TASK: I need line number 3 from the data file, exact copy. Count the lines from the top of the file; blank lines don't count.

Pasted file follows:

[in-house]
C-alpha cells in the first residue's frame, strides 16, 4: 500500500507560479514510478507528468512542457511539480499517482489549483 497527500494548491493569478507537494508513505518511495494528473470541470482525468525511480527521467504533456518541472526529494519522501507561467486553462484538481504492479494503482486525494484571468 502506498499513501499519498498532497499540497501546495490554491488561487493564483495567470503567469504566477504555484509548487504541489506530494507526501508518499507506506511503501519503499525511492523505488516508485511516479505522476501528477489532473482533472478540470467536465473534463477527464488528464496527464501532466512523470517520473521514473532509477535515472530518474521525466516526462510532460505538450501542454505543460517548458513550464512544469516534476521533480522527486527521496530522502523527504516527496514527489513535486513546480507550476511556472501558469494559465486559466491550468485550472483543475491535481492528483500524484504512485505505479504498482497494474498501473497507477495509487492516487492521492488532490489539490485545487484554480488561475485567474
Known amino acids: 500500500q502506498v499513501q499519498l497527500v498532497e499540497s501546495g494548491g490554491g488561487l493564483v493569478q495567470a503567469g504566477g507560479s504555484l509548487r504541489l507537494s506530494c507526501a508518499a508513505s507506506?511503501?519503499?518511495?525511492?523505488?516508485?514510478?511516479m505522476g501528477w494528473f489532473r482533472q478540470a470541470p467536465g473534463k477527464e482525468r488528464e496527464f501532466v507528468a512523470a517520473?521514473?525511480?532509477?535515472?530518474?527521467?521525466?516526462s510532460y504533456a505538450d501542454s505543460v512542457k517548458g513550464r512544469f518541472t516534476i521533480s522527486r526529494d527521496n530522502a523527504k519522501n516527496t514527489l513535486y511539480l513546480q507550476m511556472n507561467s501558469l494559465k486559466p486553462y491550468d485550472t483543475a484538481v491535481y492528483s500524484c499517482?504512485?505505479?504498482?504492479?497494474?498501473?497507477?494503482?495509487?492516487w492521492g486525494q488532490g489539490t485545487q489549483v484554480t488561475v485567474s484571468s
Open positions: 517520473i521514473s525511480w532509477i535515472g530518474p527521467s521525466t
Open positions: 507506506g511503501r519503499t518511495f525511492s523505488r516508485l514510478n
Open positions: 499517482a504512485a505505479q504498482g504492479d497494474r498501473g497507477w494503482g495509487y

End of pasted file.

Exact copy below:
Known amino acids: 500500500q502506498v499513501q499519498l497527500v498532497e499540497s501546495g494548491g490554491g488561487l493564483v493569478q495567470a503567469g504566477g507560479s504555484l509548487r504541489l507537494s506530494c507526501a508518499a508513505s507506506?511503501?519503499?518511495?525511492?523505488?516508485?514510478?511516479m505522476g501528477w494528473f489532473r482533472q478540470a470541470p467536465g473534463k477527464e482525468r488528464e496527464f501532466v507528468a512523470a517520473?521514473?525511480?532509477?535515472?530518474?527521467?521525466?516526462s510532460y504533456a505538450d501542454s505543460v512542457k517548458g513550464r512544469f518541472t516534476i521533480s522527486r526529494d527521496n530522502a523527504k519522501n516527496t514527489l513535486y511539480l513546480q507550476m511556472n507561467s501558469l494559465k486559466p486553462y491550468d485550472t483543475a484538481v491535481y492528483s500524484c499517482?504512485?505505479?504498482?504492479?497494474?498501473?497507477?494503482?495509487?492516487w492521492g486525494q488532490g489539490t485545487q489549483v484554480t488561475v485567474s484571468s